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    The Supreme Court of North Korea sentenced another US citizen, Matthew Todd Miller, for committing espionage, thus increasing the number of Americans held against their will in the country to three.

    MOSCOW, September 15 (RIA Novosti) – The Supreme Court of North Korea sentenced another US citizen, Matthew Todd Miller, for committing espionage, thus increasing the number of Americans held against their will in the country to three.

    Miller was sentenced to six years of hard labor for illegally entering the country and spying. The ruling came with no possibility of appeal. The charge for espionage came under Article 64 of the country"s Criminal Code, according to which the delinquent could receive a sentence of five to 10 years.

    The court said in a Sunday trial that Miller tore up his visa in Pyongyang Airport on April 10 and expressed his ambition to experience prison life to investigate the human rights situation in the country.

    The other two US citizens held in North Korea are Kenneth Bae and Jeffrey Edward Fowle. The charges against the two are propaganda and espionage-related.

    AWAITING TRIAL FOR A BIBLE

    Fowle was arrested in May when he was touring the country as a part of his vacation. Fowle took on his trip a Bible, which was the main cause of his arrest. He was accused of leaving it in a provincial nightclub in the city of Chongjin, which is a crime in North Korea as religious proselytizing is prohibited.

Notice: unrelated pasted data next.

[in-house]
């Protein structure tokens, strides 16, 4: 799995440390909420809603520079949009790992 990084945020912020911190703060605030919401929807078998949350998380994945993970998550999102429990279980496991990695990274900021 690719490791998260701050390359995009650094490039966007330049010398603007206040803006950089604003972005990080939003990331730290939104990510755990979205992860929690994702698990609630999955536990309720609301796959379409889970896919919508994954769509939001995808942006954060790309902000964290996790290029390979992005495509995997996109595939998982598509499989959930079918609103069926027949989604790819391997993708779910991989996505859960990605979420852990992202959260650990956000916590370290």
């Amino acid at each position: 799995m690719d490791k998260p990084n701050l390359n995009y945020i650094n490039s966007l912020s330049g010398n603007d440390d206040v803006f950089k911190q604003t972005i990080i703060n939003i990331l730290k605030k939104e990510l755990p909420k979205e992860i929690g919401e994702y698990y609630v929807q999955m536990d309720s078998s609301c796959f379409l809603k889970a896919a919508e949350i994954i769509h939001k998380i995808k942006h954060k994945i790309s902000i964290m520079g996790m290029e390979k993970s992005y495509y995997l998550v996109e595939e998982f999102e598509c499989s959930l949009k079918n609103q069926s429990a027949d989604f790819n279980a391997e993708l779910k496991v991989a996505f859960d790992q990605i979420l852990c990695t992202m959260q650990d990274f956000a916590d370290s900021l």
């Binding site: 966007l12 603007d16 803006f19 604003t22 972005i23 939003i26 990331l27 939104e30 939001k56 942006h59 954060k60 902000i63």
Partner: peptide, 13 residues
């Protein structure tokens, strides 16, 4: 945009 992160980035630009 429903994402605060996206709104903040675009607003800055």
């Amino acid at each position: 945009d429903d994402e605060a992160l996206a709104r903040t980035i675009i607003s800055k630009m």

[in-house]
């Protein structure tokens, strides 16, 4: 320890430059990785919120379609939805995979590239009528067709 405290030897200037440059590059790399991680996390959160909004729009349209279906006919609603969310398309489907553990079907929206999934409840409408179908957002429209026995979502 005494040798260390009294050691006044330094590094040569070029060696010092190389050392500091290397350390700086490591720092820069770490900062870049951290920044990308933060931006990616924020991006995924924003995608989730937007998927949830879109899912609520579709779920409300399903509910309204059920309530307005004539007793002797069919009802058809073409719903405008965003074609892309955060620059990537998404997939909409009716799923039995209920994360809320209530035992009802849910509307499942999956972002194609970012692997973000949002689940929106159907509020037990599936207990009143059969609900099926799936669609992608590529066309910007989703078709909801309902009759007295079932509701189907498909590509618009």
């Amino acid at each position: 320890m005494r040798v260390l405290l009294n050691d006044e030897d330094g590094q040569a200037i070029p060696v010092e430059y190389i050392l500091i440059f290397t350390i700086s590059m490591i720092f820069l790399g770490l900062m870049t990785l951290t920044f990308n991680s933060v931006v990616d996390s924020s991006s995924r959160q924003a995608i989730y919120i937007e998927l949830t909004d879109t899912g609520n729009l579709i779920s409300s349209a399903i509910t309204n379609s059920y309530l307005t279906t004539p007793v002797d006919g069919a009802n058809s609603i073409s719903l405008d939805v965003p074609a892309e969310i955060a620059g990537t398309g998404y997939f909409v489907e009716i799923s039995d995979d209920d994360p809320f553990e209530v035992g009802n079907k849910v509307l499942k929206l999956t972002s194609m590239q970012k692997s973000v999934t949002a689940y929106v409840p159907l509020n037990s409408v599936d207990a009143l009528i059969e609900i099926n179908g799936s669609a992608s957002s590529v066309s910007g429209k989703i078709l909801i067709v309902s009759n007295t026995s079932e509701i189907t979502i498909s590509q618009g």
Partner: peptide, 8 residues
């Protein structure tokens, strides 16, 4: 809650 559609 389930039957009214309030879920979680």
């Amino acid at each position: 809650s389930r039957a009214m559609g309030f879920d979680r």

"American citizen Jeffrey Edward Fowle entered the DPRK as a tourist on April 29 and acted in violation of the DPRK law, contrary to the purpose of tourism during his stay. A relevant organ of the DPRK detained him and is investigating him," Korean Central News Agency reported the same month Fowle was detained.

    Fowle has not been trialed and he is yet to learn the sentence for his case.

    15 YEARS OF IMPRISONMENT FOR A CHRISTIAN MISSIONARY

    Bae, a Korean-American Evangelical Christian missionary, owned a tourism company "Nations Tour," specializing in Christian missionary trips. His business went wrong in December 2012, when he was detained in North Korea for committing hostile acts against the country.

    Bae was accused of planning a religious insurrection, named "Operation Jericho," aimed at overthrowing the North Korean government and preaching against it in American and South Korean churches and of setting up special bases in bordering China for his anti-governmental causes.

    All these crimes resulted in a 15-year sentence of hard labor for the Christian missionary in April 2013. The United States called for the release of Bae on humanitarian grounds the day he was sentenced. However, Bae is still serving his 15-year term, despite serious health problems, such as diabetes, fatty liver disease and increasing blindness.

    WASHINGTON"S RESPONSE

    All three Americans participated in an exclusive CNN interview early September where they admitted to committing crimes against North Korea and publicly apologized, but it is unclear whether confessions were made freely or under coercion by North Korean authorities. The men called on Washington to secure their release.

    The United States has responded by repeatedly sending its North Korean human rights envoy Robert King to seek pardon for them, though without success.

    US State Department warns its citizens of arbitrary arrest and detention in North Korea as nine Americans had been detained in the country since 1996 and three of them, mentioned above, are still in detention.

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